Welcome Guest. Please login or register.All items are guaranteed authentic for eternity!Please call us if you have questions 252-646-1958.Thanks for your business!Welcome Guest. Please login or register.Internet challenged? We are happy to take your order over the phone.Please call if you have questions 252-646-1958.Thanks for your business!
Roman Republic, Anonymous (Victory and Spearhead), 189 - 179 B.C.
In 188 B.C., through the peace treaty of Apamea (in Phrygia), the Romans forced the Seleucid king, Antiochus III, to surrender all his Greek and Anatolian possessions as far east as the Taurus Mountains, to pay 15,000 talents over a period of 12 years and to surrender to Rome the former Carthaginian general Hannibal, his elephants and his fleet, and furnish hostages, including the king's eldest son, Demetrius. Rome became the master of the eastern Mediterranean while Antiochus III's empire was reduced to Syria, Mesopotamia, and western Iran.RR69079. Bronze triens, Crawford 145/3, Sydenham 293b, SRCV I 957, aVF, flan edge flaw, some corrosion, weight 9.194 g, maximum diameter 24.2 mm, die axis 135o, Rome mint, 189 - 179 B.C.; obverse helmeted head of Minerva right, four pellets above; reverse prow of galley right, Victory with wreath and spearhead above, four pellets right, ROMA below; from the Andrew McCabe Collection; very rare; $60.00 (€51.00)
Roman Republic, TP or PT Monogram (Caius Petronius?), 169 - 158 B.C.
Babelon attributed the monogram as a mintmark for Paestum. BMCRR notes the style and fabric are of Rome and speculates the moneyer may be Caius Petronius.RR69330. Bronze semis, Crawford 177/2, Sydenham 353a (R4), SRCV I 843, F, weight 16.187 g, maximum diameter 25.3 mm, die axis 0o, Rome mint, 169 - 158 B.C.; obverse laureate head of Saturn right, L below, S behind; reverse galley prow right, TP or PT monogram above, S right, ROMA below; from the Andrew McCabe Collection; scarce; $60.00 (€51.00)
Roman Republic, NAT (Pinarius Natta?), c. 155 B.C.
In 155 B.C., Consul Publius Cornelius Scipio Nasica Corculum defeated the Dalmatians and conquered their capital, Delminium, ending the first Dalmatian war. The Dalmatians were compelled to pay tribute and Corculum was granted a triumph in Rome.RR71975. Bronze triens, Crawford 200/4, BabelonPinaria 5, Sydenham 383b, BMCRR I Rome 767, Russo RBW 862, SRCV I 990, gF, nice dark green patina, weight 6.670 g, maximum diameter 21.1 mm, die axis 315o, Rome mint, c. 155 B.C.; obverse helmeted head of Minerva right, four pellets above; reverse prow right, NAT above, four pellets before, ROMA below; from the Andrew McCabe Collection, ex Roma Numismatics e-auction 8, lot 502; very scarce; $60.00 (€51.00)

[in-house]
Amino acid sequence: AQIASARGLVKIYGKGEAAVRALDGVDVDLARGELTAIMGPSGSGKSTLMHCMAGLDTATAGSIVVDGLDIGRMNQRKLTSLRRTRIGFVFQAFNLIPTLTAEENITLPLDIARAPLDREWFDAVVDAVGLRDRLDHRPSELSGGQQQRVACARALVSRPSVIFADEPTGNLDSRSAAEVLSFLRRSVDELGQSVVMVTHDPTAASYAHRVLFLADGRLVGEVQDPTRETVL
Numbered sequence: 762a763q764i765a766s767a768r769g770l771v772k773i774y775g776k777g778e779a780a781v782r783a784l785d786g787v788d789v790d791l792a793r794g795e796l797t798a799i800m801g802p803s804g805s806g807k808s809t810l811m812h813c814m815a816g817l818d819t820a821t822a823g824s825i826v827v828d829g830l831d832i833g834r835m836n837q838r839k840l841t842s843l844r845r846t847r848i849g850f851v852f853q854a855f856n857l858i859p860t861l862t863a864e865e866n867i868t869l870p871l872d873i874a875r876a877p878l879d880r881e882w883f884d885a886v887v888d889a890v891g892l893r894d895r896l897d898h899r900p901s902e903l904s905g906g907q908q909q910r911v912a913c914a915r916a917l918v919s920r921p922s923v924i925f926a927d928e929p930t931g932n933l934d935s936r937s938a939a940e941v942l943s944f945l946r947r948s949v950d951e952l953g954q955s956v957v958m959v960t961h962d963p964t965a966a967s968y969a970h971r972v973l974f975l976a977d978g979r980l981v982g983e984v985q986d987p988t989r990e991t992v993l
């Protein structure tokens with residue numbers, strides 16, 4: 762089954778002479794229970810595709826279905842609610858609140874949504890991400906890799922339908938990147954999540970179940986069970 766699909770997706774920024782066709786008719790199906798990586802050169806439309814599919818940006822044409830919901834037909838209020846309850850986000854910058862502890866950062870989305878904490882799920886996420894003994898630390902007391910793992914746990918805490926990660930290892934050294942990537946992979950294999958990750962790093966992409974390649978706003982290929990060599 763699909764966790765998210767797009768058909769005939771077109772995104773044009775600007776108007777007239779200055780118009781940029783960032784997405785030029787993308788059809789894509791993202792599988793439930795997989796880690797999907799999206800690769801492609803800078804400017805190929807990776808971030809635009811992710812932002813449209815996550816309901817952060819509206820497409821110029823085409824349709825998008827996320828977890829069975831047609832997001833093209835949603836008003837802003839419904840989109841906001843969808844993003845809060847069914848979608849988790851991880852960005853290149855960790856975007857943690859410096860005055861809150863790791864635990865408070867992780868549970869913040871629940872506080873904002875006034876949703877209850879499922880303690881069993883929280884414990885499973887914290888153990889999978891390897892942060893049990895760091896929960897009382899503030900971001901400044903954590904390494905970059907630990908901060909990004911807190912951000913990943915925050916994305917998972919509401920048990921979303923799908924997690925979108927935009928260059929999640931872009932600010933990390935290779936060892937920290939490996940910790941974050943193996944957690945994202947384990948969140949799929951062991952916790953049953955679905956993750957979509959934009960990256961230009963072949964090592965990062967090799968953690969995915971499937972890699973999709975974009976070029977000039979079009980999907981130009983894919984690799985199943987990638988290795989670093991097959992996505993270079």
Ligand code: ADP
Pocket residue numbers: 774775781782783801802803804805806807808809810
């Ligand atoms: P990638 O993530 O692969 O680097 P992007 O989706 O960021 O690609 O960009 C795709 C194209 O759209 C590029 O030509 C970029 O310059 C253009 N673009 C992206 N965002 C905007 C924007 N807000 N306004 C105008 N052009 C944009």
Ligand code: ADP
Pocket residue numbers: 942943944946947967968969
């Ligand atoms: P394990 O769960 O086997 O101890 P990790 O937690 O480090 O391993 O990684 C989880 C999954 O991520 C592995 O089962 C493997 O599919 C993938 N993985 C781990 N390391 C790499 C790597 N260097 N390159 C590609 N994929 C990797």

Roman Republic, Anonymous (Helmet), 206 - 194 B.C.
The Roman army was not invincible in battle. Roman soldiers, weapons and battlefield tactics did not always overwhelm their enemies. The Gauls, for example, sometimes decimated Roman forces. Hannibal had destroyed whole Roman armies again and again. But after every huge loss, Rome would simply raise another army. Rome could be defeated in battles, but Roman tenacity, long term strategy, and seemingly endless resources, ensured victory in wars. During the period this coin was struck Rome defeated the armies of Macedonia under Philip V and of Carthage under Hannibal.RR69097. Bronze triens, Crawford 118/3, Sydenham 272b, BMCRE II Italy p. 226, SRCV I 939, F, weight 9.132 g, maximum diameter 23.7 mm, die axis 0o, Italian mint, 206 - 194 B.C.; obverse helmeted head of Minerva right, four pellets above; reverse prow of galley right, ROMA above, helmet with cheek-pieces and crest above in form of a crescent on right before prow, four pellets below; from the Andrew McCabe Collection; rare; $50.00 (€42.50)
Roman Republic, LFP monogram (L. Furius Philus?), 189 - 179 B.C.
In 179 B.C., the Pons Aemilius was completed across the Tiber River in Rome. It is regarded as the world's first stone bridge.RR69086. Bronze quadrans, Crawford 144/4, Sydenham 300c, SRCV I 1088, F, nice olive green patina, pitting on obverse, weight 7.513 g, maximum diameter 22.3 mm, die axis 180o, Rome mint, 189 - 179 B.C.; obversehead of Hercules right, clad in Nemean Lion's scalp, three pellets (mark of value) behind; reverse prow of galley right, Victory flying right crowning LFP monogram with wreath above, three pellets (mark of value) before, ROMA below; from the Andrew McCabe Collection; very rare; $45.00 (€38.25)